How To Embed Purpose into ESG Data and Company Culture
Purpose is a defining metric for how many people choose their careers, lead their lives, or contribute to the greater good of society. A purpose-driven culture relies on purpose-driven leadership. At some point or another, we all have been empowered and inspired by good proactive leadership that cares about the common good, especially in times of crisis. During the nationwide shutdown, Americans seeking mental resilience looked to leaders like Dr. Anthony Fauci for trustworthy facts, positive direction, and a sense of purpose in our social distancing efforts. At a time when purpose is more important than ever, how can ESG efforts better enhance company culture and its sense of purpose?
The answer lies in the quality of your ESG Data. It lies in how CEOs communicate their ESG story and how board leadership participates in equitable outcomes. To improve your company culture, we’ve laid out a starting point for your purpose-drive ESG initiatives:
ESG data helps executive leaders tell a powerful story about their company’s purpose
Purpose is about doing the right thing. It melds together your company’s mission and values. The most famous example of how employees perceive the meaning and impact of their work is the anecdote about JFK touring a NASA facility, asking the janitor mopping the floor what he was doing, to be told: “I’m helping put a man on the moon, Mr President!” That’s the true meaning of inclusive purpose.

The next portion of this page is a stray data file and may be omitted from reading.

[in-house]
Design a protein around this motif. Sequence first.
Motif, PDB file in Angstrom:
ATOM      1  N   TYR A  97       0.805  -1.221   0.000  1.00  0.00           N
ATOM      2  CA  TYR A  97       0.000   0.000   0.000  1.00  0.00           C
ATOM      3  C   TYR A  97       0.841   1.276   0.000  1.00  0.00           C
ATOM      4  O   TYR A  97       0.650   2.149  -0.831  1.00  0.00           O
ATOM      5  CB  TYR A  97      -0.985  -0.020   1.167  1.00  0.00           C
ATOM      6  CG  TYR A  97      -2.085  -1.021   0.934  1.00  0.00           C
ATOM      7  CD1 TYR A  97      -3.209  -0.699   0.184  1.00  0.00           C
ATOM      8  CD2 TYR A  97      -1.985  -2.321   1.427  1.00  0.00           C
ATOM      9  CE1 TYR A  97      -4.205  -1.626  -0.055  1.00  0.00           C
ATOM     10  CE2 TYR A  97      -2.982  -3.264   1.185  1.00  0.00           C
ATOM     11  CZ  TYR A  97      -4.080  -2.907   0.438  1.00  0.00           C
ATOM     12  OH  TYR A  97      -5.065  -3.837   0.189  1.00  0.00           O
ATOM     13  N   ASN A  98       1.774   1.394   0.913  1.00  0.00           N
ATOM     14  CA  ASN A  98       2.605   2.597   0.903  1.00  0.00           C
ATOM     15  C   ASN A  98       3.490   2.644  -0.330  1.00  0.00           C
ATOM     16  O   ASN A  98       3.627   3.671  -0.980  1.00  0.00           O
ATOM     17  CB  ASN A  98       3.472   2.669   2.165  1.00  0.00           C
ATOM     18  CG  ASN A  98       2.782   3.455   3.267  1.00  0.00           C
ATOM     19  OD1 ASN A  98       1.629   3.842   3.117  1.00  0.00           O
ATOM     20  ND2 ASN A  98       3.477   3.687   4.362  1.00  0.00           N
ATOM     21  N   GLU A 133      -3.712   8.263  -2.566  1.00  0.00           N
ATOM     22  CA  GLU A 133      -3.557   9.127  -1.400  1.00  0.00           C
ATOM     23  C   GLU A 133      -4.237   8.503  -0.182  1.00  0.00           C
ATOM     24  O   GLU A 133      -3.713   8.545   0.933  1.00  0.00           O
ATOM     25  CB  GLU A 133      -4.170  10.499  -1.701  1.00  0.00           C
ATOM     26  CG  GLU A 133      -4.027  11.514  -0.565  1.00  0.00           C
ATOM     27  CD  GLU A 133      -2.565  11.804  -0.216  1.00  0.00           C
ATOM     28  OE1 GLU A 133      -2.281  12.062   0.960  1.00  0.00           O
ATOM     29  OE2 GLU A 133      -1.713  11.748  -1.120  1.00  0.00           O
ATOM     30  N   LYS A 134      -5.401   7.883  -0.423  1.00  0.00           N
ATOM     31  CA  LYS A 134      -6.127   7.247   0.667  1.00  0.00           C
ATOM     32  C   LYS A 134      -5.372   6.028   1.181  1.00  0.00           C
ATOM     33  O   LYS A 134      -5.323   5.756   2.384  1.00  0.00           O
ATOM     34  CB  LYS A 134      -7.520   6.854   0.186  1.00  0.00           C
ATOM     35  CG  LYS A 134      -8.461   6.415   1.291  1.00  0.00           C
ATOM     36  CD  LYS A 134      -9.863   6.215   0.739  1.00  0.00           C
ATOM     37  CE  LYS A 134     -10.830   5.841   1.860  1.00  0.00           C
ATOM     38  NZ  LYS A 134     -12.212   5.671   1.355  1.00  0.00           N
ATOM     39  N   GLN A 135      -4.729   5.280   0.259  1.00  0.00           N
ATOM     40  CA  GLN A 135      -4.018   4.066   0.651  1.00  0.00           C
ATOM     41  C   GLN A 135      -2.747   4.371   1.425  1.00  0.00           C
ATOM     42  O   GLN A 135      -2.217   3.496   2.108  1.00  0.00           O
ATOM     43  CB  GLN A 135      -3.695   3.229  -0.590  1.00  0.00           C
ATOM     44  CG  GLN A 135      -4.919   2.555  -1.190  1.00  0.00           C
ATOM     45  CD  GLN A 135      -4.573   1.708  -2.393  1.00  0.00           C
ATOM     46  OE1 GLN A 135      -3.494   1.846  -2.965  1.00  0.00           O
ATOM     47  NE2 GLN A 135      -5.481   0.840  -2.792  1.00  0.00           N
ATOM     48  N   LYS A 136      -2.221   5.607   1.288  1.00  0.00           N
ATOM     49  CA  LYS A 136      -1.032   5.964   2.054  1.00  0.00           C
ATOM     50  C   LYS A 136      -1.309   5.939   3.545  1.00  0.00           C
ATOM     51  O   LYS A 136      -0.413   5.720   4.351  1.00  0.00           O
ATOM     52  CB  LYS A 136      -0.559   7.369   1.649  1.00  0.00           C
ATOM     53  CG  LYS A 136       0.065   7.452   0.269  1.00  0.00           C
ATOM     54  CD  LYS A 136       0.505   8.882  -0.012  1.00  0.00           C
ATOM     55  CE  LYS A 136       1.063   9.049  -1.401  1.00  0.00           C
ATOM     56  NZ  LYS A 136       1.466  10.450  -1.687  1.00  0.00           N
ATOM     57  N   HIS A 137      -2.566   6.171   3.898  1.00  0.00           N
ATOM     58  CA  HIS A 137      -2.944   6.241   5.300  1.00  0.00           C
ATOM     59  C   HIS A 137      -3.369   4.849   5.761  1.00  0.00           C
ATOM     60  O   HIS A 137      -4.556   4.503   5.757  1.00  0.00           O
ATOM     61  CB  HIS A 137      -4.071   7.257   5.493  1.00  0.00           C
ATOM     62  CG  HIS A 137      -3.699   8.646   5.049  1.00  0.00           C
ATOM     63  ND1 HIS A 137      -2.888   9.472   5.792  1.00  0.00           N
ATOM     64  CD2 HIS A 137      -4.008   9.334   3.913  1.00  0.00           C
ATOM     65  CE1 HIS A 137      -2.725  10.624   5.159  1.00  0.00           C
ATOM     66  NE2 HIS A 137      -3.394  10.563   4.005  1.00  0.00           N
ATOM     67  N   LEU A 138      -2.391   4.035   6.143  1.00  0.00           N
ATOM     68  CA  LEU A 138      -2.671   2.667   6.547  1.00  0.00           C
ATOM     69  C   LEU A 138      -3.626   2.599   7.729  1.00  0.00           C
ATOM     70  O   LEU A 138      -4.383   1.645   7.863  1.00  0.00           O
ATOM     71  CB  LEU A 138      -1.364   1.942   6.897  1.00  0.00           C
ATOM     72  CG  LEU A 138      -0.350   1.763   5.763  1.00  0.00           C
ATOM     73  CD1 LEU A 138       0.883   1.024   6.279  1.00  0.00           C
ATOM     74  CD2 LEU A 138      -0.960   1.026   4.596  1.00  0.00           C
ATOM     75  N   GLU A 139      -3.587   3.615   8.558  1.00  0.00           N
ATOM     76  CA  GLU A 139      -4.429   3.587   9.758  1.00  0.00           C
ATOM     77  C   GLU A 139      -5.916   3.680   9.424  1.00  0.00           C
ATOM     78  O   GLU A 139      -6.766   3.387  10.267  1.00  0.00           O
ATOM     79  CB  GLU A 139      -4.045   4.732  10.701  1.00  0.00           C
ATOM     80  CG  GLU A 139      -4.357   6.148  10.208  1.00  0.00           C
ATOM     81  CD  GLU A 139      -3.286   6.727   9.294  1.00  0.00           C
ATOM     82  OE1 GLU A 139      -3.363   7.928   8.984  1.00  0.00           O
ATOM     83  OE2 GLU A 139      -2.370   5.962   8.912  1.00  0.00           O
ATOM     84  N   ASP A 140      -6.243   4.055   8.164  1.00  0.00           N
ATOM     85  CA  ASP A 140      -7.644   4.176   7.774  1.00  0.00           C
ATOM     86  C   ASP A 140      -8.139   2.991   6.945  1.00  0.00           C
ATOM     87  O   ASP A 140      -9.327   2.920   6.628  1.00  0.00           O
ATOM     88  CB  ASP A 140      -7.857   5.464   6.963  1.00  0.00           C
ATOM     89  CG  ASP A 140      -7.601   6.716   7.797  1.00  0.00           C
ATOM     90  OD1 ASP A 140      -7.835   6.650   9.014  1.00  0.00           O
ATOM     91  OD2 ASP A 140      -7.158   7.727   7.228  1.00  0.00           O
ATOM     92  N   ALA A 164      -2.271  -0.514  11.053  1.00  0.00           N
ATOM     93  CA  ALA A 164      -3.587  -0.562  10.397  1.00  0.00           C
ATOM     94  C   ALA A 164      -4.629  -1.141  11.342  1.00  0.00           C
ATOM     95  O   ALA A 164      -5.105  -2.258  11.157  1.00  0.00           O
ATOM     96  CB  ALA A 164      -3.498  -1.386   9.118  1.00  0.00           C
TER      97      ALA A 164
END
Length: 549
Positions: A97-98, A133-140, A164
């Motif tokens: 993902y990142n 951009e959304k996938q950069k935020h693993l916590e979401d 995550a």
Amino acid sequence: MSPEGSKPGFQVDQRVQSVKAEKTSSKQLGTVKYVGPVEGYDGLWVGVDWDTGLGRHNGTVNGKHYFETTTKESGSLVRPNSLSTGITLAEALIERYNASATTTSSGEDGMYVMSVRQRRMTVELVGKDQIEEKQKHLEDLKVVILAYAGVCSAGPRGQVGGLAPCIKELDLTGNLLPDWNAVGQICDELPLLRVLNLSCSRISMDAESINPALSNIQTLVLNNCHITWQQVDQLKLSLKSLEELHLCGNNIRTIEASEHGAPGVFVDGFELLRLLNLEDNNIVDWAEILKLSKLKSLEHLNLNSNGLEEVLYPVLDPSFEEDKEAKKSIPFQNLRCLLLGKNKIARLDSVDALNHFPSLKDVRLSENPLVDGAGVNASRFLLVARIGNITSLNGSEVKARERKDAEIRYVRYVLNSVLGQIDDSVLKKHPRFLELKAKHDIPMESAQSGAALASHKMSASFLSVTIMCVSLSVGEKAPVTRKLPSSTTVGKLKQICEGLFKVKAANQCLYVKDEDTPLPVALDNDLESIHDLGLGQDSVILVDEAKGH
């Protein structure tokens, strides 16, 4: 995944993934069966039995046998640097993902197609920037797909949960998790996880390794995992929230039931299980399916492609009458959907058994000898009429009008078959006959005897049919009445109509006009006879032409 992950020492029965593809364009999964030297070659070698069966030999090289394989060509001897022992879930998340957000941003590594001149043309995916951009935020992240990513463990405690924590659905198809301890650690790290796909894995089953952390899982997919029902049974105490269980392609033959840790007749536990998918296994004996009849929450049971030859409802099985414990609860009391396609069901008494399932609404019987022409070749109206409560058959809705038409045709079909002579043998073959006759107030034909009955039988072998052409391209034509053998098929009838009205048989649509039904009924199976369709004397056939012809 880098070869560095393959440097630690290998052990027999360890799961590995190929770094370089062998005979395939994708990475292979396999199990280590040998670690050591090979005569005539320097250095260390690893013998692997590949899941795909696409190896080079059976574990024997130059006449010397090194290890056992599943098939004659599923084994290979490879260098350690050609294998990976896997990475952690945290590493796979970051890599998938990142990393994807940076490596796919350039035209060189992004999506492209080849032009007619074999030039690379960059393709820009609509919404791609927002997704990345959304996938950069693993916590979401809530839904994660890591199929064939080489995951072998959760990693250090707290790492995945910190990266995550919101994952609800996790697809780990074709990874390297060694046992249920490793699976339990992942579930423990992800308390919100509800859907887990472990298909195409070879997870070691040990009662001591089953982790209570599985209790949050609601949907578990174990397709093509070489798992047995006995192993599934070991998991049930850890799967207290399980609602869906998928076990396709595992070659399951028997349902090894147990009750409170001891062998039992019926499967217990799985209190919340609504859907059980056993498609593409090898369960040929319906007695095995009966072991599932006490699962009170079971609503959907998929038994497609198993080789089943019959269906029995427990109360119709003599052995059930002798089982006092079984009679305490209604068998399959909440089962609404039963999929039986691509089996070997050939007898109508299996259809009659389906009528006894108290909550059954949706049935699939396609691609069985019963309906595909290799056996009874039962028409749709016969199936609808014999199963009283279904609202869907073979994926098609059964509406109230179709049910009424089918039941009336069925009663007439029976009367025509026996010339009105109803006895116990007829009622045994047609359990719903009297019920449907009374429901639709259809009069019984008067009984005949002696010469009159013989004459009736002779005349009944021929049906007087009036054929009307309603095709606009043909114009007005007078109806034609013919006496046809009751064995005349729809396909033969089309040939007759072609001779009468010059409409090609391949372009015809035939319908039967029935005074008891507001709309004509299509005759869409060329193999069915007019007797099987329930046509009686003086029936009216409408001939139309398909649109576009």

Purpose can also strengthen every aspect of your ESG efforts. Since ESG is data driven and relationship-oriented, a powerful story can emerge from your ESG strategy planning.Simply ‘adding ESG value’ doesn’t push forward with momentum, the way it does when purpose is embedded into company culture. When your executive team evaluates ESG data and results, do so with merit in engaging what it means for your wider workforce. What difference are you making in the world and for your people? Can you define a purpose statement for your company? For instance, Patagonia is “in business to save our home planet.” Salesforce is known to blend “doing good by doing well, together.” Here at Good.Lab, we are “working toward a more sustainable and equitable economy.”